Last time around, we showed how backlighting can define the shape of a portrait subject —or any opaque object—by etching a bright white highlight, called a rimlight, around its outer edges. But it has other uses, too, as Christoph Seiler, 37, a research scientist from Philadelphia, discovered when he tried it out with translucent subjects.
“I made this picture last winter,” says Seiler. “It was gray and wet outside, and I was craving bright spring colors. I picked up a handful of yellow spider mums and experimented with inexpensive shoe-mount strobes to find a setup that worked for them. I quickly discovered that backlighting really brought out their color.”
It also brought an unusual, spiky edge to what’s clearly not a conventional floral study.
Aiming a light through a translucent subject and toward the camera has its problems, though. Flare, for one, reduces contrast and color saturation. “To keep the backlights out of the camera’s lens, I narrowed the flashes’ output with snoots that I made from black aluminum foil,” Seiler explains. “And I changed the position, power, and aim of the three backlights until the mums’ color was intense and flare was not. It took about 2 hours and dozens of trial-and-error shots.”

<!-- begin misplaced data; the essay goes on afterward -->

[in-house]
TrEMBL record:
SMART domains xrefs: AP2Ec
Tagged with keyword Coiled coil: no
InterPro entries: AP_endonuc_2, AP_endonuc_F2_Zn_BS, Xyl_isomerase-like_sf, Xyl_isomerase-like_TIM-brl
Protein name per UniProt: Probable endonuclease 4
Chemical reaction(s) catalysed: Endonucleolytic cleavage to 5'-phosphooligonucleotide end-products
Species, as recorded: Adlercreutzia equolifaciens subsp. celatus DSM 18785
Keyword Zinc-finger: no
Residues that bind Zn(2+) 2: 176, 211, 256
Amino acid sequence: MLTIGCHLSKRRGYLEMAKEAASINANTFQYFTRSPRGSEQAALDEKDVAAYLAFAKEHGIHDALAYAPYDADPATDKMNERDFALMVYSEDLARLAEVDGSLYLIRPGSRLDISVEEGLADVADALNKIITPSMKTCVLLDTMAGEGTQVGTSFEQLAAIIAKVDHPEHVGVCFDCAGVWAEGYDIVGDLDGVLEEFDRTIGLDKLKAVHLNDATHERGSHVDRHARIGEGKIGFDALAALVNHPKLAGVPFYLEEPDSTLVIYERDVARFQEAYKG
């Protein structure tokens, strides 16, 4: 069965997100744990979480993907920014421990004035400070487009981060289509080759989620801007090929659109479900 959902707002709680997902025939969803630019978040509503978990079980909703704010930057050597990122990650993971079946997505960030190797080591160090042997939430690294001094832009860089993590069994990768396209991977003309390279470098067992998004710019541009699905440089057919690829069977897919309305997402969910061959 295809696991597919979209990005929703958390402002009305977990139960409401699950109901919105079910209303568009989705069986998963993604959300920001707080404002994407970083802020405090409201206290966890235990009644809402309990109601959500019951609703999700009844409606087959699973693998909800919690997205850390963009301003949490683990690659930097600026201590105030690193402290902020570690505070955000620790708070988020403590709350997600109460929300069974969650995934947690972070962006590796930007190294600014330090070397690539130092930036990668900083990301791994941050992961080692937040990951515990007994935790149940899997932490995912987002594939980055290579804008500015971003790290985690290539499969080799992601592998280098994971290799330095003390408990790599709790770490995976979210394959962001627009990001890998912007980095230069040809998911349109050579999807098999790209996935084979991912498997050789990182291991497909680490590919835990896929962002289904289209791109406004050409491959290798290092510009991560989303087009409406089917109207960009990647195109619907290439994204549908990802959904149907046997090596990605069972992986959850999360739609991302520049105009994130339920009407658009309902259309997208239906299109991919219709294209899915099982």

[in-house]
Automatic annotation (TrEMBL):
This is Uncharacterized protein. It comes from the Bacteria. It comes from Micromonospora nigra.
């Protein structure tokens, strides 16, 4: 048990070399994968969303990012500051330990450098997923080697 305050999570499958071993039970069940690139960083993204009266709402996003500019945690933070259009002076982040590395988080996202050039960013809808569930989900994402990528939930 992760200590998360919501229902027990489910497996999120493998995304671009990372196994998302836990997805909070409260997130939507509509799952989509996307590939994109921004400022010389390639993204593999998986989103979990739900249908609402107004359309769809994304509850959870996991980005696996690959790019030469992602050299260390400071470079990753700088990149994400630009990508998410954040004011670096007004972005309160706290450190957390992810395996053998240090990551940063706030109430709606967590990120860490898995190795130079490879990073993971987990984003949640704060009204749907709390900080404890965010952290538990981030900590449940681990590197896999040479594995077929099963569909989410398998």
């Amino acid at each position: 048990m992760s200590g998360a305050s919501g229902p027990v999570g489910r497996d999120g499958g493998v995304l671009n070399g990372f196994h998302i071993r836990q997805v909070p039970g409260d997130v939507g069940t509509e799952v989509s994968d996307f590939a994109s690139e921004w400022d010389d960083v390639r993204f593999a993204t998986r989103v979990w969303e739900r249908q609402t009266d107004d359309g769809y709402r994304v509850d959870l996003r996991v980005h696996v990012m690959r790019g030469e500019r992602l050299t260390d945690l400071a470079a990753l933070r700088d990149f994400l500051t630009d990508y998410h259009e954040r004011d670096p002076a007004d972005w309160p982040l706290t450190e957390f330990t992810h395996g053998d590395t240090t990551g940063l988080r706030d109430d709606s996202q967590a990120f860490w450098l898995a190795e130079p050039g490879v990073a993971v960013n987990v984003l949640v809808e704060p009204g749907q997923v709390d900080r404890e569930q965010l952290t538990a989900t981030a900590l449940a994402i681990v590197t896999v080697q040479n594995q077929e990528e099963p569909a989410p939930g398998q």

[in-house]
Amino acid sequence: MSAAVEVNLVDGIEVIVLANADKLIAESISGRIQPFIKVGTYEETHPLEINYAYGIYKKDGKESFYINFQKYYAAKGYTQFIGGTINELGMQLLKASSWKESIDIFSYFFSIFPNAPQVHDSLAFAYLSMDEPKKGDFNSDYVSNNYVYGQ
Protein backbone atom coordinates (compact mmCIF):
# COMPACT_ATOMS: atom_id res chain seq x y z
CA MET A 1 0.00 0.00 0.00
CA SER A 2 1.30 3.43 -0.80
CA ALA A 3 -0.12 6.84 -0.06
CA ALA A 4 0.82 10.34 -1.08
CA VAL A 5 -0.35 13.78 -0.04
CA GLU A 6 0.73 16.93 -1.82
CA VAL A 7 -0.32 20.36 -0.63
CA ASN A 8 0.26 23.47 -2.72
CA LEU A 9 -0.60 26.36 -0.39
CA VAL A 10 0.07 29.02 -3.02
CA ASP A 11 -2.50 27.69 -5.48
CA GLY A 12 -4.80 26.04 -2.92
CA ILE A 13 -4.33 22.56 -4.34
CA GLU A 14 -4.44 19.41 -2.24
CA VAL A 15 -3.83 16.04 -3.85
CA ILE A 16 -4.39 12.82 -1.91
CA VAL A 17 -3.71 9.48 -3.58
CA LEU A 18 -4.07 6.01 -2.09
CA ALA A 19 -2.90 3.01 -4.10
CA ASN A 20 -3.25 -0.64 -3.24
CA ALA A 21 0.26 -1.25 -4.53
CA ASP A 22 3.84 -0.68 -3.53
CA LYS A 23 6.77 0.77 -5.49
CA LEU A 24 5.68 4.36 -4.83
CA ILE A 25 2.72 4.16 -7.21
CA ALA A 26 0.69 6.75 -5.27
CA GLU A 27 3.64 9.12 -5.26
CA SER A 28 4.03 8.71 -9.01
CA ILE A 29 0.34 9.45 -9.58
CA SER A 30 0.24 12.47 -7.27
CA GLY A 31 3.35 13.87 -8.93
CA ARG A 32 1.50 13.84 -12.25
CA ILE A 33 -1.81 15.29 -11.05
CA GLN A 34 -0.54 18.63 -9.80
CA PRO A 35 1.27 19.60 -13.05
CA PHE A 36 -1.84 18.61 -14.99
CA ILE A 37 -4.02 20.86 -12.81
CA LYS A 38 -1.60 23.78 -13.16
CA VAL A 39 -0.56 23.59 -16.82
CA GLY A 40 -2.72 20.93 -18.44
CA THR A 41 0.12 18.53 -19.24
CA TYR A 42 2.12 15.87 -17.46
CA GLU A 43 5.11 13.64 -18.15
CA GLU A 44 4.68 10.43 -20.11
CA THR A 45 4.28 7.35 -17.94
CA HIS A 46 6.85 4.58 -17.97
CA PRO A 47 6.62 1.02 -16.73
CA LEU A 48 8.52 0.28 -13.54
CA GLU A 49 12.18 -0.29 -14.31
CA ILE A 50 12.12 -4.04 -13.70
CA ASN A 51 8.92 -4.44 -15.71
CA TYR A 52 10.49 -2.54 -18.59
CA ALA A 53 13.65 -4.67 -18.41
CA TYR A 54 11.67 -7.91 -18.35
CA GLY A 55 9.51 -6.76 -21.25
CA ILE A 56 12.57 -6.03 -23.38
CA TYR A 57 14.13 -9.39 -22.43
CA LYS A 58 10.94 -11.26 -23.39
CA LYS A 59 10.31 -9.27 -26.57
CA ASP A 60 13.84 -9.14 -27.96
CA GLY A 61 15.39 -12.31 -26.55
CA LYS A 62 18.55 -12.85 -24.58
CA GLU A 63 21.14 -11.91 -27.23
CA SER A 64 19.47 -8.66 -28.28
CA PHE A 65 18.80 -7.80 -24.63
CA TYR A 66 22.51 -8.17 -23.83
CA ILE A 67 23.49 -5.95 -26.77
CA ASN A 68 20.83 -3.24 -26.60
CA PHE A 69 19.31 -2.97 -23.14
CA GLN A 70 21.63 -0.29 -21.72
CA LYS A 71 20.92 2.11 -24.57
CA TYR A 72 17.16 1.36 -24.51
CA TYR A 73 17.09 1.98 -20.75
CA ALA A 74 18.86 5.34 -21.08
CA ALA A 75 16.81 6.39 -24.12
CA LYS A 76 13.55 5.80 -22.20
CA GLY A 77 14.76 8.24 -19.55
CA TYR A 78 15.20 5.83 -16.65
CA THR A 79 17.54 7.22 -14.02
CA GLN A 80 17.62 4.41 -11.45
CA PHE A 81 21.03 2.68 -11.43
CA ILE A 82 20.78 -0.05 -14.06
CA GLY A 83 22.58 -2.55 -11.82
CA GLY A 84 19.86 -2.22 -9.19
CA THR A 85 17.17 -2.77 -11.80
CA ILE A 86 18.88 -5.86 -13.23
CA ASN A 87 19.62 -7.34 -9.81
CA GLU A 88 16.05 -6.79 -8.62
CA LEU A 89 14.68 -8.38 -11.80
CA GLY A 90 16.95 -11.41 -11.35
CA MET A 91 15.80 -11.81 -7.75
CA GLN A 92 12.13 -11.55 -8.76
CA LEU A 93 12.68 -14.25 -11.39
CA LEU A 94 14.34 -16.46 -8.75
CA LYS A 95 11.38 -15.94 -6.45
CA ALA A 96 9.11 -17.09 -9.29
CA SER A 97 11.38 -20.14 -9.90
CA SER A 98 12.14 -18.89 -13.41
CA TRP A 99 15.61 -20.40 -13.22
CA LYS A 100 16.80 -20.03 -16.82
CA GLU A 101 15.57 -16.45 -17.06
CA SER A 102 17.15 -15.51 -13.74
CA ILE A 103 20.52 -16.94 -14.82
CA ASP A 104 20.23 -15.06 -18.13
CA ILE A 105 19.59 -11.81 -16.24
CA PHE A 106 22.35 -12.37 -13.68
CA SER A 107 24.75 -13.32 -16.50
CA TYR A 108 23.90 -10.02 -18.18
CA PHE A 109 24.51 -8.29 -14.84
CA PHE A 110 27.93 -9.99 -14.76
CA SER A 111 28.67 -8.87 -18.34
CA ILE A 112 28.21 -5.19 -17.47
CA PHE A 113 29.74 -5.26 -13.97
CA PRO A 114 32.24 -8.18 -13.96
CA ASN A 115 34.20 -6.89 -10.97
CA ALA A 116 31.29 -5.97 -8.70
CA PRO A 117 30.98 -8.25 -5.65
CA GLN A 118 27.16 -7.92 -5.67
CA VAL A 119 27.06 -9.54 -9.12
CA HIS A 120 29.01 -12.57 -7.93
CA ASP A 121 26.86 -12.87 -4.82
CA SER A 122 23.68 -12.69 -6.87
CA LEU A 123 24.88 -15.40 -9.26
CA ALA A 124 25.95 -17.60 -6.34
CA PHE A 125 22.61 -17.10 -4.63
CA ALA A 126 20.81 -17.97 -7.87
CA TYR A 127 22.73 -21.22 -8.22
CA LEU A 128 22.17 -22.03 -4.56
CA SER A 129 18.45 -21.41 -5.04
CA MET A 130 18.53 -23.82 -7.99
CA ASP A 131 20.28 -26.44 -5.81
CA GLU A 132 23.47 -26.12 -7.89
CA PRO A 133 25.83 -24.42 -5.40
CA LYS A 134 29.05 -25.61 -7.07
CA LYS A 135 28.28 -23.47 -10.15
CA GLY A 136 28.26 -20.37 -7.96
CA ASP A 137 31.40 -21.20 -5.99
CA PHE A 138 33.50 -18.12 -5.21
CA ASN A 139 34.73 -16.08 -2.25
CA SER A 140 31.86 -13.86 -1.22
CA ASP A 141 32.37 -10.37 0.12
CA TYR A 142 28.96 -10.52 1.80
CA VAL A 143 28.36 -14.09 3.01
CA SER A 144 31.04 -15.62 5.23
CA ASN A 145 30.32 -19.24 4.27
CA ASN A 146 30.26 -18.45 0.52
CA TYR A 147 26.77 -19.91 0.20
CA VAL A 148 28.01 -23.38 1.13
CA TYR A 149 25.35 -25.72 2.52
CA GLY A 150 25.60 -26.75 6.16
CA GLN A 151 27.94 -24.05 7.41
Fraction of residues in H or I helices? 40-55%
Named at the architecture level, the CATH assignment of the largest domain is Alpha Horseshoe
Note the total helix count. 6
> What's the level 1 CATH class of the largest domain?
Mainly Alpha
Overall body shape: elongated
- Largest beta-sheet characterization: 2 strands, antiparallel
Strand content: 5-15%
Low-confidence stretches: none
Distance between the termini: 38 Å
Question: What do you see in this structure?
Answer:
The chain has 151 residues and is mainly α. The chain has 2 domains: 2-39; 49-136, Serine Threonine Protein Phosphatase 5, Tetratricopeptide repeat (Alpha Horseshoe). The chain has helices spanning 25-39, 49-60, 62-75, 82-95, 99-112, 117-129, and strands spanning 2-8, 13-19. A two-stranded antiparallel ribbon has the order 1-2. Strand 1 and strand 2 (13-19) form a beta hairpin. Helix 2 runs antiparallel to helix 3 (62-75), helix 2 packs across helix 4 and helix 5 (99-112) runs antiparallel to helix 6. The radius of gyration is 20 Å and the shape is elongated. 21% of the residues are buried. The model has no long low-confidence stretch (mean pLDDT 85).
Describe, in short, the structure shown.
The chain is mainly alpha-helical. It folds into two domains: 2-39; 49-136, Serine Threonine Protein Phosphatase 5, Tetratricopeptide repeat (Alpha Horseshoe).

As for exposure, Seiler set his strobes to manual. “That gave me a consistent and adjustable lighting. I started by setting an aperture that would throw the background flowers out of focus and create a sense of depth. Then I manually set the output of each light independently, and finally fine-tuned exposure by adjusting ISO.”
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He started with small halogen lights, which let him analyze lighting effects without the time-consuming requirement of instantaneous-flash test shots. The problem? The heat generated by hot lights placed close enough to shine through the flowers quickly wilted them. Using flash was more practical.
**(A) **To accentuate the yellow in three spider mums, Christoph Seiler used backlighting from two Sunpak Auto 422D flashes and a Vivitar 285HV flash.
**(B) **The flashes were mounted on two Cullmann 3090 tabletop tripods and a single Joby Gorillapod.
**(C) **Seiler focused the output of each flash with snoots he made from BlackWrap, black aluminum foil.
**(D) **To preserve detail in the centers of the flowers, he frontlit them with low-power manual pop from a tripod-mounted Metz 48 AF-1.
**(E) **He fired all four strobes wirelessly from the camera position using an inexpensive, eBay-sourced PT-04 radio-slave-based flash triggering system consisting of a transmitter and receivers (not shown) on the four flash units. He processed the images in Adobe Lightroom 3.